Savory Meat Pie Hamantaschen

savory meat pie hamantaschen on overtimecook

It’s 1:30 am and I am sitting at my computer thinking about hamantashen. But it isn’t my fault, really. Blame it on…

Oh forget it. It’s totally my fault. I can’t help myself. Not only do I imagine myself to have hoards of anxious fans waiting for my brilliant purim ideas yeah right but I also need to impress people at my own purim seudah (feast/party).

It’s hard, let me tell you. No matter how much pressure you might feel at parties, think about what it’s like when you are a food writer. Exactly. Well I kinda wish I could invite each and every one of you to my purim party, because I am serving these meat pie hamantaschen as the appetizer and they are seriously delicious.

But sadly I can’t invite you all. Luckily I can share this awesome and gorgeous recipe with you. Make this!

savory meat pie hamantaschen

Savory Meat Pie Hamantaschen:


for the crust: 

3 cups all purpose flour

1 teaspoon salt

3 sticks (1 1/2 cups) margarine, frozen or very cold

about 9 Tablespoons ice water

for the filling:

oil for frying

2 small onions, finely diced

2 lb ground meat

2 small cloves garlic, minced

2 teaspoons salt, or to taste

1/4 teaspoon black pepper, or to taste

beaten egg, optional, for brushing


for the dough: (for tips on making pie dough, see my step by step tutorial here.)

Place the flour and salt in the bowl of a food processor and pulse quickly to combine.

Cut the frozen margarine into cubes and sprinkle over the flour mixture. Pulse in sort on-off bursts until the mixture resembles coarse crumbs.

Add the ice water, starting with 6 Tablespoons, and pulse until the dough comes together. Add additional ice water until dough just comes together. Do not overwork the dough. 

Remove the dough from the bowl and place in a bag in the fridge for a couple of hours or overnight.

for the filling:

Heat the oil in a large frying pan. Add the diced onions and sautee for a couple of minutes until translucent. Add the meat and stir to break it up as the meat cooks. You don’t want to leave any large pieces of meat. Add the garlic, salt and pepper and sautee for about a half an hour, until cooked through. Taste and adjust salt and pepper to taste.

to assemble:

Preheat oven to 400 degrees.

On a lightly floured surface, roll out the chilled dough to about 1/8th of an inch. Cut out rounds about 4-5 inches in diameter (you can use a smaller circle if you want to make this smaller, but watch the baking time.) and set aside. Re-roll the scraps and repeat until all dough has been shaped into circles.

Place a mound of the filling in the center of the dough (about 1-2 tablespoons, depending on the size of the circle. Fold up the sides of the circles, meeting at the corners to create the hamantaschen shape. (For hamantaschen shaping tips, see my article here.)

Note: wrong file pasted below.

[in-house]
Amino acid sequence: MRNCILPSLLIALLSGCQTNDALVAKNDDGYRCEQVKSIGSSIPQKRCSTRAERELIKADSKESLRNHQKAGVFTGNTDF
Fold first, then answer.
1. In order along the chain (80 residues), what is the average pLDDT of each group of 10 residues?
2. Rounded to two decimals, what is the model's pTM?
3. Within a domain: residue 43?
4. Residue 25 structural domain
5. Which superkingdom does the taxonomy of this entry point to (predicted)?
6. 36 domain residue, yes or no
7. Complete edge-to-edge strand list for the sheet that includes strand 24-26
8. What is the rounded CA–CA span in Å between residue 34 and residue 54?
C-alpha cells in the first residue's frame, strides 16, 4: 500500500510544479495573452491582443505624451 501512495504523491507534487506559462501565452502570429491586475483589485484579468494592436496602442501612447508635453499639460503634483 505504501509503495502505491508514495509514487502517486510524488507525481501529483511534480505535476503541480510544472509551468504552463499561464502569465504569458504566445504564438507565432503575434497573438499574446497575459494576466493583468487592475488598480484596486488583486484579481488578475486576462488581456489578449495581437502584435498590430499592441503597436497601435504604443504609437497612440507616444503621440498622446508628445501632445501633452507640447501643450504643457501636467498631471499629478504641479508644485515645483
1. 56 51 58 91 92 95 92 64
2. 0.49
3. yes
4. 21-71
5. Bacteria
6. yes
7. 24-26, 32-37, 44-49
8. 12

If making this for an occasion other than purim, place the filling in the center and fold over for a half moon shape.

Brush the beaten egg over the tops of the hamantaschen, if desired. Place on lightly greased cookie sheet and bake at 400 degrees for 15-18 minutes, until just turning golden on the outside.

Serve hot.


savory meat pie hamantaschen 3

Thanks for stopping by! And don’t forget to check out my Chocolate Covered Hamantashen Pops that I posted on Cook Kosher yesterday! And come back soon for some more fun purim ideas! – Miriam


  1. Idy m says

    I made savory hamantashen one year for mishloach manos. Except I took the easy route and purchase premised and cout into rounds sambusak and pizza dough. Worked just fine for me. I made my filling much more seasoned than yours… More like Sefardic lagmaghine, except no prunes. I used onions, garlic, a touch of tomato paste, lemon juice, pepper, salt, allspice, cinnamon, and a bit of honey along with the ground beef. Sprinkled the underside of the dough with sesame before baking. Made homemade hummus to go along with it, and gave it with a beer and pickle-in-a-bag all in an ice bucket.

  2. Rivke Gerstenblit says

    I made these just now for the Purim Seuda because I hate doing things last minute. I used sambusac (sp?) dough like someone suggested and they came out delicious and crunchy. Now I am concerned about rewarming them. How would you suggest doing that without them becoming too overdone and too crunchy? I realize now I should have frozen them raw.

  3. Hadassah says

    I know this is from years ago, but it’s that time again…would you serve it with a sauce, or does it work by itself?


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